The Quarterly Review, Volume 12

Front Cover
John Murray, 1815
 

What people are saying - Write a review

We haven't found any reviews in the usual places.

Other editions - View all

Common terms and phrases

Popular passages

Page 505 - ... their bits o' bields, to sleep with the tod and the blackcock in the muirs ! — Ride your ways, Ellangowan. — Our bairns are hinging at our weary backs — look that your braw cradle at hame be the fairer spread up— not that I am wishing ill to little Harry, or to the babe that's yet to be born — God forbid — and make them kind to the poor, and better folk than their father ! — And now, ride e'en your ways ; for these are the last words ye'll ever hear Meg Merrilies speak, and this...
Page 87 - As when the moon, refulgent lamp of night, O'er Heaven's clear azure spreads her sacred light, When not a breath disturbs the deep serene, And not a cloud o'ercasts the solemn scene ; Around her throne the vivid planets roll, And stars unnumber'd gild the glowing pole, O'er the dark trees a yellower verdure shed, And tip with silver every mountain's head...
Page 73 - Full little knowest thou, that hast not tried, What hell it is in suing long to bide ; To lose good days that might be better spent ; To waste long nights in pensive discontent; To speed to-day, to be put back to-morrow ; To feed on hope ; to pine with fear and sorrow ; To have thy Prince's grace, yet want her peers...
Page 106 - Made many a fond enquiry ; and when they, Whose presence gave no comfort, were gone by, Her heart was still more sad. And by yon gate, That bars the traveller's road, she often stood, And when a stranger horseman came, the latch Would lift, and in his face look wistfully : Most happy, if, from aught discovered there Of tender feeling, she might dare repeat The same sad question.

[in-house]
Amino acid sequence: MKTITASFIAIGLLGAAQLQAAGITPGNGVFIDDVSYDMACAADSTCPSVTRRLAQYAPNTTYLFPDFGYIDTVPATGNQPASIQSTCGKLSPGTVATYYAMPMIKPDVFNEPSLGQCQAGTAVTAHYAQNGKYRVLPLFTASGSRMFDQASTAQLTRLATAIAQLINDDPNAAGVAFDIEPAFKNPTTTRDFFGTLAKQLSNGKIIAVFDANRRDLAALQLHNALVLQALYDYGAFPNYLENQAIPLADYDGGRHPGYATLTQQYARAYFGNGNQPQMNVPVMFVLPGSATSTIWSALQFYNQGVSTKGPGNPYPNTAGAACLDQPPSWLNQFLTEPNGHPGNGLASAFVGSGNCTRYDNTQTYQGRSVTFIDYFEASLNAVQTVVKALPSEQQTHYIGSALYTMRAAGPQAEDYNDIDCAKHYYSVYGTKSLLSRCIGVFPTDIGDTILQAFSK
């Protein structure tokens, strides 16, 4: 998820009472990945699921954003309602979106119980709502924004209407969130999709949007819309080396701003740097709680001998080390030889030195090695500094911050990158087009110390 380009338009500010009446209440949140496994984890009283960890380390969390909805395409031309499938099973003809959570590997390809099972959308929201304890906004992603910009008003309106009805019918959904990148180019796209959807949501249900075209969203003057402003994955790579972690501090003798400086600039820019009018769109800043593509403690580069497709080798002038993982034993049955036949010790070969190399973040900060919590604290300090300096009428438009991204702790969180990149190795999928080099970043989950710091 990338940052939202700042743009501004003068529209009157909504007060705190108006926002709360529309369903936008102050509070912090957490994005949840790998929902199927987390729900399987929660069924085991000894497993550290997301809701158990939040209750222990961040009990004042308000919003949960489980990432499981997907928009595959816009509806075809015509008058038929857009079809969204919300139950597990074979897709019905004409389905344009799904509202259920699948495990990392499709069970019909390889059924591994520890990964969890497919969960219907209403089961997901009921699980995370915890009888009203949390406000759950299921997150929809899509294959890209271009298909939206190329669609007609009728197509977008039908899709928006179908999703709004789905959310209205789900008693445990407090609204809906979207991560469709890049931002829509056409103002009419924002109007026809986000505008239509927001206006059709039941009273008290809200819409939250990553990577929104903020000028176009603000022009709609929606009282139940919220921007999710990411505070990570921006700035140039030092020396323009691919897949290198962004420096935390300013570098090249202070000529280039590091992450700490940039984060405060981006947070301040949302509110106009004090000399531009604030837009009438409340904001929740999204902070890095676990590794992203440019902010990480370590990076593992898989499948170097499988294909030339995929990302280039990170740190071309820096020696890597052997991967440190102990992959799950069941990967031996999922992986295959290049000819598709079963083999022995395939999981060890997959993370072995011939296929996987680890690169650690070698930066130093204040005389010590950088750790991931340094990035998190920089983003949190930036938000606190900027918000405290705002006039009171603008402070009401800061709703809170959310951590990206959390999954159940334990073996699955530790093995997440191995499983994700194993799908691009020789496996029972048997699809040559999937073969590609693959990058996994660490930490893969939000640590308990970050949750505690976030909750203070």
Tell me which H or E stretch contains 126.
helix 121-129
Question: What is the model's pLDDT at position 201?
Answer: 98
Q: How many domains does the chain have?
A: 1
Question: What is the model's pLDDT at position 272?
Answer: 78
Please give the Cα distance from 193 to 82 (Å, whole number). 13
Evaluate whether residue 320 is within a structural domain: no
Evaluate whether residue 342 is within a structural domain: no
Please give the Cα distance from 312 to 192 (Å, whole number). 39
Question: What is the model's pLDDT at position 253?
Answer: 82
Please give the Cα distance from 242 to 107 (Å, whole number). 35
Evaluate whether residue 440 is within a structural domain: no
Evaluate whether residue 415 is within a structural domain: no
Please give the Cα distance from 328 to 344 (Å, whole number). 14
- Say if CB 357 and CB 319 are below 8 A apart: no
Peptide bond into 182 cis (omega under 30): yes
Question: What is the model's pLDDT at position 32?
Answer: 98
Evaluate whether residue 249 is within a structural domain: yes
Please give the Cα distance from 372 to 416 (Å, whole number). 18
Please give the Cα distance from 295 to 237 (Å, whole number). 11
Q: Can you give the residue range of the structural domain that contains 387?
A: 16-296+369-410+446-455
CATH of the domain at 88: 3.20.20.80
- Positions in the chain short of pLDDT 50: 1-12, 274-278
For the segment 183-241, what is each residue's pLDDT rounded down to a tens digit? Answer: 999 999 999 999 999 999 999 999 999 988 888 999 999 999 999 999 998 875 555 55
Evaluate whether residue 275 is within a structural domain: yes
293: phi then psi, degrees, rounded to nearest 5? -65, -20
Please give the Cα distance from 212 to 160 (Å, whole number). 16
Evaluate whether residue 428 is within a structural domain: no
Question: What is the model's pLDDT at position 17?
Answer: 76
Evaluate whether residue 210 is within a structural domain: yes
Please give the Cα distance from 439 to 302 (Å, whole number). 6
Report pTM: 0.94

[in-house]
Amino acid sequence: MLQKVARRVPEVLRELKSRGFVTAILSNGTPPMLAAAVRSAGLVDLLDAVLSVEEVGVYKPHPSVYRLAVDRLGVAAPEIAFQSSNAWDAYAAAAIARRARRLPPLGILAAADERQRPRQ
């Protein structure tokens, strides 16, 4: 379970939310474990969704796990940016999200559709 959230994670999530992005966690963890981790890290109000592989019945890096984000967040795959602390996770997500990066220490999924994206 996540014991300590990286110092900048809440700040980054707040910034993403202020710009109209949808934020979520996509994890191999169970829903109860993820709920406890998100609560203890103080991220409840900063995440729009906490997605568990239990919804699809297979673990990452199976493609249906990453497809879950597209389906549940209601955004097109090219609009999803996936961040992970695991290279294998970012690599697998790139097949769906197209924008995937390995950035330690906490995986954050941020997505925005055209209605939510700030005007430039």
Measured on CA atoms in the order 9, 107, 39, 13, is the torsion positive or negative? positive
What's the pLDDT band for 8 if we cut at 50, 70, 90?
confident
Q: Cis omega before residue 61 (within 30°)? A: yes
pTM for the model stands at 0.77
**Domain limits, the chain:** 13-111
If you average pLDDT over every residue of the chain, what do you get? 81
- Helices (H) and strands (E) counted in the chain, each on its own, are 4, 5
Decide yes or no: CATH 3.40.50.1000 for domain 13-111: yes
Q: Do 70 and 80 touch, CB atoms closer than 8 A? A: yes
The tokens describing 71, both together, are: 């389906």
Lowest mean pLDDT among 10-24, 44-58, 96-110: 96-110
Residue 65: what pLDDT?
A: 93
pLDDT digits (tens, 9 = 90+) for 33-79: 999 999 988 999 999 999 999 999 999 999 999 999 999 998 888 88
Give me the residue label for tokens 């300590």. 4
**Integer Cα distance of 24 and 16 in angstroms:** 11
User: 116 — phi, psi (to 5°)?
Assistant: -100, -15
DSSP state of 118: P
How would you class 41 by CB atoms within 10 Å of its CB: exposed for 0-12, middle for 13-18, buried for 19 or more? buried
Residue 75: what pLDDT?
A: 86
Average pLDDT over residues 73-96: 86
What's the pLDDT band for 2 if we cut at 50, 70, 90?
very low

Page 509 - Swift as a shadow, short as any dream ; Brief as the lightning in the collied night, That, in a spleen, unfolds both heaven and earth. And ere a man hath power to say, — Behold ! The jaws of darkness do devour it up : So quick bright things come to confusion.
Page 105 - Their leafy umbrage, turns the dusky veil Into a substance glorious as her own, Yea with her own incorporated, by power Capacious and serene. Like power abides In Man's celestial Spirit ; Virtue thus Sets forth and magnifies herself; thus feeds A calm, a beautiful, and silent fire, From the incumbrances of mortal life, From error, disappointment, — nay from guilt ; And sometimes, so relenting Justice wills, From palpable oppressions of Despair.
Page 105 - Rising behind a thick and lofty grove, Burns, like an unconsuming fire of light, In the green trees; and, kindling on all sides Their leafy umbrage, turns the dusky veil Into a substance glorious as her own, Yea, with her own incorporated, by power Capacious and serene.
Page 103 - Even such a shell the universe itself Is to the ear of Faith; and there are times, I doubt not, when to you it doth impart Authentic tidings of invisible things; Of ebb and flow, and ever-during power; And central peace, subsisting at the heart Of endless agitation.
Page 94 - Wells, in the pride of half knowledge, smiled at the means frequently employed by gardeners, to protect tender plants from cold, as it appeared to me impossible, that a thin mat, or any such flimsy substance, could prevent them from attaining the temperature of the atmosphere, by which alone I thought them liable to be injured. But, when I had learned, that bodies on the surface of the earth become, during a still and serene night, colder than the atmosphere, by radiating their heat to the heavens,...

Bibliographic information